Noupoort children catch up to reading levels with wind farm funding
Two dedicated literacy coaches have been using the support of their local wind farm to ensure that young learners’ reading skills don’t become a victim of South Africa’s Covid crisis.
Gcobisa Ncapayi and Zimbini Maqina are giving one-to-one sessions to 20 children in the Kwazamuxolo community of Noupoort, in the Northern Cape.
And their efforts to keep the ‘Learn Ready Literacy’ programme going throughout the lockdown meant that the youngsters were on top of their book work when classroooms reopened at the end of August.
The programme, which is funded by Noupoort Wind Farm, has been running since 2017 with the aim of bringing all Intermediate Phase Grade 4 learners up to their reading age.
Earlier this year, an assessment of 188 pupils from Ikhwezi Lokusa Primary School, Eurekaville Intermediary School and Noupoort Combined School indicated that many had literacy levels below that expected for their grade.
Revealing her pride at the impact that she and her colleague have made on the children’s reading, Gcobisa said: “It was an amazing experience to find ways to help learners during the health pandemic, as we needed to be able to ensure their safety too. Thankfully, we were able to continue with the programme by adjusting our approach.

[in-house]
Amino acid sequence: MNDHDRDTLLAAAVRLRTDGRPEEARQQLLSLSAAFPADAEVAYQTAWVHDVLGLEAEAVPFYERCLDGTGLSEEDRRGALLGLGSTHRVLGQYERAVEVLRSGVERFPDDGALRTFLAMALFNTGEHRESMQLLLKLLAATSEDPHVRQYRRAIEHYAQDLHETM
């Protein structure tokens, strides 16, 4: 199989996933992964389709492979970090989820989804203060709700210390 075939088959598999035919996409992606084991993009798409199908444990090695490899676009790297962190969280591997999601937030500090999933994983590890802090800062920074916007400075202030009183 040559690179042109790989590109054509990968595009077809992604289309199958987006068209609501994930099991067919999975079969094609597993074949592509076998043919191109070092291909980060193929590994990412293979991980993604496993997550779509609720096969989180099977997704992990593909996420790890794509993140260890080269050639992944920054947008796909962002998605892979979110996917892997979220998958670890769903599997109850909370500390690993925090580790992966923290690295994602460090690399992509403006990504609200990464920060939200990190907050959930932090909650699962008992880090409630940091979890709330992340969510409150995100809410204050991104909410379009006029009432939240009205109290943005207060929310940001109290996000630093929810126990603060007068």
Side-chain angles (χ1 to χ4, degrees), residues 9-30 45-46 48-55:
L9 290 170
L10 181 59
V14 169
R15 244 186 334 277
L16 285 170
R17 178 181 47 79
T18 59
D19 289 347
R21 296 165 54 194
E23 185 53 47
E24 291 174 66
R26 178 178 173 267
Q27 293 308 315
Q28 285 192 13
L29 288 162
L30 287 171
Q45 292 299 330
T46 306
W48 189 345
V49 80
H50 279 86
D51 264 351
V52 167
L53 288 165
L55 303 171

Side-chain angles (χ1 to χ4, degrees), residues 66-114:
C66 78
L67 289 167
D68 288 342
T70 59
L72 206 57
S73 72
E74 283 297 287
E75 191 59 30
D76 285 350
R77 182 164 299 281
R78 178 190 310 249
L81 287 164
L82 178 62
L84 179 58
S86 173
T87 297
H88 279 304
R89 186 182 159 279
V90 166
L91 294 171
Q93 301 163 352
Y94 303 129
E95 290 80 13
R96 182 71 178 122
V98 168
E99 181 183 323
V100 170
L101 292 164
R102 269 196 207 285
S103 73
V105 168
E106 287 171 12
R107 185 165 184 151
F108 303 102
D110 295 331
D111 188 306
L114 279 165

“I enjoy seeing them growing intellectually and emotionally during their time in my care.”
Noupoort Wind Farm pays the stipends for the two coaches through Spell It, their implementing partner. The monthly sponsorship also includes their training, coaching and mentoring, as well as literacy material for the pupils.
Paying tribute to Gcobisa and Zimbini, Sandisiwe Mntonintshi, Economic Development Manager for Noupoort Wind Farm, said: “These two coaches have been truly amazing, having demonstrated their unwavering dedication to the children of Noupoort, despite the town’s struggle with COVID-19.”
- Noupoort Wind Farm was developed, constructed and is now operated by Mainstream for our Africa joint venture, Lekela Power. The 80 MW plant began generating around 304,800MWh of clean energy a year for the Eskom grid in July 2016, enough to power up to 69,000 South African homes.